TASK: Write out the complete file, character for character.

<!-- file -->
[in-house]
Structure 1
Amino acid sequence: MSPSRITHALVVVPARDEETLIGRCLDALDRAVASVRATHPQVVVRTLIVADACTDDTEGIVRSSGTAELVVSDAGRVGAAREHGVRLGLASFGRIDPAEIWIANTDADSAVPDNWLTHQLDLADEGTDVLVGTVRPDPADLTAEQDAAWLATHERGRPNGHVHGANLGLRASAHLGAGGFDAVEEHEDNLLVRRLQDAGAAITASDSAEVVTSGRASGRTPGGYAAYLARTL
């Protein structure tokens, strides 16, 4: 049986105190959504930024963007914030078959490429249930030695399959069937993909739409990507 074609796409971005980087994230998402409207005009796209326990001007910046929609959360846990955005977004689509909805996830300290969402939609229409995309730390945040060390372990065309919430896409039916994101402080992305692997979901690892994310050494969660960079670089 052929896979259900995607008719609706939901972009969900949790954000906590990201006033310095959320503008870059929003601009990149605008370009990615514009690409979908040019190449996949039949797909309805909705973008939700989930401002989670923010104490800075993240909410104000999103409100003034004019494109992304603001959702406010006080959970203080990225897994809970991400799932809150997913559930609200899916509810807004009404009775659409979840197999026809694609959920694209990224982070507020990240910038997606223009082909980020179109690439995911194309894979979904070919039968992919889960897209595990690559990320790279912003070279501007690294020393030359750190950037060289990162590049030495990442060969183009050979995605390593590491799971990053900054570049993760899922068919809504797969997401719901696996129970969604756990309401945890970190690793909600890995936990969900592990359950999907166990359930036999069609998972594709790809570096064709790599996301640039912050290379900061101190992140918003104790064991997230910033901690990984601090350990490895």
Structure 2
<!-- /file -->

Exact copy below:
[in-house]
Structure 1
Amino acid sequence: MSPSRITHALVVVPARDEETLIGRCLDALDRAVASVRATHPQVVVRTLIVADACTDDTEGIVRSSGTAELVVSDAGRVGAAREHGVRLGLASFGRIDPAEIWIANTDADSAVPDNWLTHQLDLADEGTDVLVGTVRPDPADLTAEQDAAWLATHERGRPNGHVHGANLGLRASAHLGAGGFDAVEEHEDNLLVRRLQDAGAAITASDSAEVVTSGRASGRTPGGYAAYLARTL
């Protein structure tokens, strides 16, 4: 049986105190959504930024963007914030078959490429249930030695399959069937993909739409990507 074609796409971005980087994230998402409207005009796209326990001007910046929609959360846990955005977004689509909805996830300290969402939609229409995309730390945040060390372990065309919430896409039916994101402080992305692997979901690892994310050494969660960079670089 052929896979259900995607008719609706939901972009969900949790954000906590990201006033310095959320503008870059929003601009990149605008370009990615514009690409979908040019190449996949039949797909309805909705973008939700989930401002989670923010104490800075993240909410104000999103409100003034004019494109992304603001959702406010006080959970203080990225897994809970991400799932809150997913559930609200899916509810807004009404009775659409979840197999026809694609959920694209990224982070507020990240910038997606223009082909980020179109690439995911194309894979979904070919039968992919889960897209595990690559990320790279912003070279501007690294020393030359750190950037060289990162590049030495990442060969183009050979995605390593590491799971990053900054570049993760899922068919809504797969997401719901696996129970969604756990309401945890970190690793909600890995936990969900592990359950999907166990359930036999069609998972594709790809570096064709790599996301640039912050290379900061101190992140918003104790064991997230910033901690990984601090350990490895």
Structure 2